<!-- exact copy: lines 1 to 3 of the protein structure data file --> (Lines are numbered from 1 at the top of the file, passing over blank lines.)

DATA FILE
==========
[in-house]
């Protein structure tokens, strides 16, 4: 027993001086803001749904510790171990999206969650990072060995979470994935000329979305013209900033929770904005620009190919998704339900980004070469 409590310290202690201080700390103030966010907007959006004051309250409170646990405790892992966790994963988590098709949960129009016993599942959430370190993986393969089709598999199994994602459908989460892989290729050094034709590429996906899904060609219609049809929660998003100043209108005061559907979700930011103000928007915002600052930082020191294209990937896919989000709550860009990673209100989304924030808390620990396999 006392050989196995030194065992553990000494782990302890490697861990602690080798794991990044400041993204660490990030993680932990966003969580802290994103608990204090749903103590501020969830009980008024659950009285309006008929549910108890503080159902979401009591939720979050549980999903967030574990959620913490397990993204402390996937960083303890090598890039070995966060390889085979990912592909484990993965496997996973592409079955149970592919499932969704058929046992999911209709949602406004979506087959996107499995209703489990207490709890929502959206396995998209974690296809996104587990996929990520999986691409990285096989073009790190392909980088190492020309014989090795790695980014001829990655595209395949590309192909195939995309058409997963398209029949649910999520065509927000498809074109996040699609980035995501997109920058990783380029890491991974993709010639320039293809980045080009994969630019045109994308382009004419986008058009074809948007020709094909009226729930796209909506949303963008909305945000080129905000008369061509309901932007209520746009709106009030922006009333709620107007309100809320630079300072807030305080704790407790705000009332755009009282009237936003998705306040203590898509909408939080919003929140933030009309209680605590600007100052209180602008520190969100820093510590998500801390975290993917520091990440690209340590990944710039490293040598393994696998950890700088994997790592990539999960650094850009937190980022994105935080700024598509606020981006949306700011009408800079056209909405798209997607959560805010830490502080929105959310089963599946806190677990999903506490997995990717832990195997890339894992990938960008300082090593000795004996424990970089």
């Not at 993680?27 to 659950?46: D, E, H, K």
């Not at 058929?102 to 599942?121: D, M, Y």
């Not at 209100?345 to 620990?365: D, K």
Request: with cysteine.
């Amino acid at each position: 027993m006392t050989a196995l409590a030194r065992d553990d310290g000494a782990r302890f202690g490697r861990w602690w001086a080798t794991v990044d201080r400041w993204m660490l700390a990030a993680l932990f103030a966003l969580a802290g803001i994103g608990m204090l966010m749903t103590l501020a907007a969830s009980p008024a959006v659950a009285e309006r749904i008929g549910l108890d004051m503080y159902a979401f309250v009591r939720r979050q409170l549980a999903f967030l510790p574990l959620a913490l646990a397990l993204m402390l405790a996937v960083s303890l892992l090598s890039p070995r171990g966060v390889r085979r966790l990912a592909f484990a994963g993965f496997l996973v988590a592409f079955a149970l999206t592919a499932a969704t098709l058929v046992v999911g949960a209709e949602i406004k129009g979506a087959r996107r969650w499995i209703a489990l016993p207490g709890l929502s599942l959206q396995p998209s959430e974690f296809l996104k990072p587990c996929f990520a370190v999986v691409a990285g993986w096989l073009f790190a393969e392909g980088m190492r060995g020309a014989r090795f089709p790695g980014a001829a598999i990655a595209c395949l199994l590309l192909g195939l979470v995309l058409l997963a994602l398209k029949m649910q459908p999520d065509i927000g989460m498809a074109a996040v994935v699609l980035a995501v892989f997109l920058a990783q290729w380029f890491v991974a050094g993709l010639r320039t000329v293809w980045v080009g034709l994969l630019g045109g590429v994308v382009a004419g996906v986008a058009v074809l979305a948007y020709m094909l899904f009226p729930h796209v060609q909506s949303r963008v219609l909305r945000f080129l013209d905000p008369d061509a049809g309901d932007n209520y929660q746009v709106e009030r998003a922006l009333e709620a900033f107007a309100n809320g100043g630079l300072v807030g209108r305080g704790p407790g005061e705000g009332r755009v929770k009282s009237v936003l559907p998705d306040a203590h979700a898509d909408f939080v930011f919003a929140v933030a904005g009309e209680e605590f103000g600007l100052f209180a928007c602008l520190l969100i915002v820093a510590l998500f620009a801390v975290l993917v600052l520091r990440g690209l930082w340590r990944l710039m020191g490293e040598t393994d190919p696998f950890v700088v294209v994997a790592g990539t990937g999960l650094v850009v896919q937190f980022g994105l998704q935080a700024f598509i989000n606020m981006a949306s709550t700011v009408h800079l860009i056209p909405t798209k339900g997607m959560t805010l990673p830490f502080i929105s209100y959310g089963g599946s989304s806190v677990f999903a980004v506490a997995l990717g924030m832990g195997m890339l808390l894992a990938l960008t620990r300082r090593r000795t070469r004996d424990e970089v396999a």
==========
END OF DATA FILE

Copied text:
[in-house]
């Protein structure tokens, strides 16, 4: 027993001086803001749904510790171990999206969650990072060995979470994935000329979305013209900033929770904005620009190919998704339900980004070469 409590310290202690201080700390103030966010907007959006004051309250409170646990405790892992966790994963988590098709949960129009016993599942959430370190993986393969089709598999199994994602459908989460892989290729050094034709590429996906899904060609219609049809929660998003100043209108005061559907979700930011103000928007915002600052930082020191294209990937896919989000709550860009990673209100989304924030808390620990396999 006392050989196995030194065992553990000494782990302890490697861990602690080798794991990044400041993204660490990030993680932990966003969580802290994103608990204090749903103590501020969830009980008024659950009285309006008929549910108890503080159902979401009591939720979050549980999903967030574990959620913490397990993204402390996937960083303890090598890039070995966060390889085979990912592909484990993965496997996973592409079955149970592919499932969704058929046992999911209709949602406004979506087959996107499995209703489990207490709890929502959206396995998209974690296809996104587990996929990520999986691409990285096989073009790190392909980088190492020309014989090795790695980014001829990655595209395949590309192909195939995309058409997963398209029949649910999520065509927000498809074109996040699609980035995501997109920058990783380029890491991974993709010639320039293809980045080009994969630019045109994308382009004419986008058009074809948007020709094909009226729930796209909506949303963008909305945000080129905000008369061509309901932007209520746009709106009030922006009333709620107007309100809320630079300072807030305080704790407790705000009332755009009282009237936003998705306040203590898509909408939080919003929140933030009309209680605590600007100052209180602008520190969100820093510590998500801390975290993917520091990440690209340590990944710039490293040598393994696998950890700088994997790592990539999960650094850009937190980022994105935080700024598509606020981006949306700011009408800079056209909405798209997607959560805010830490502080929105959310089963599946806190677990999903506490997995990717832990195997890339894992990938960008300082090593000795004996424990970089």
């Not at 993680?27 to 659950?46: D, E, H, K």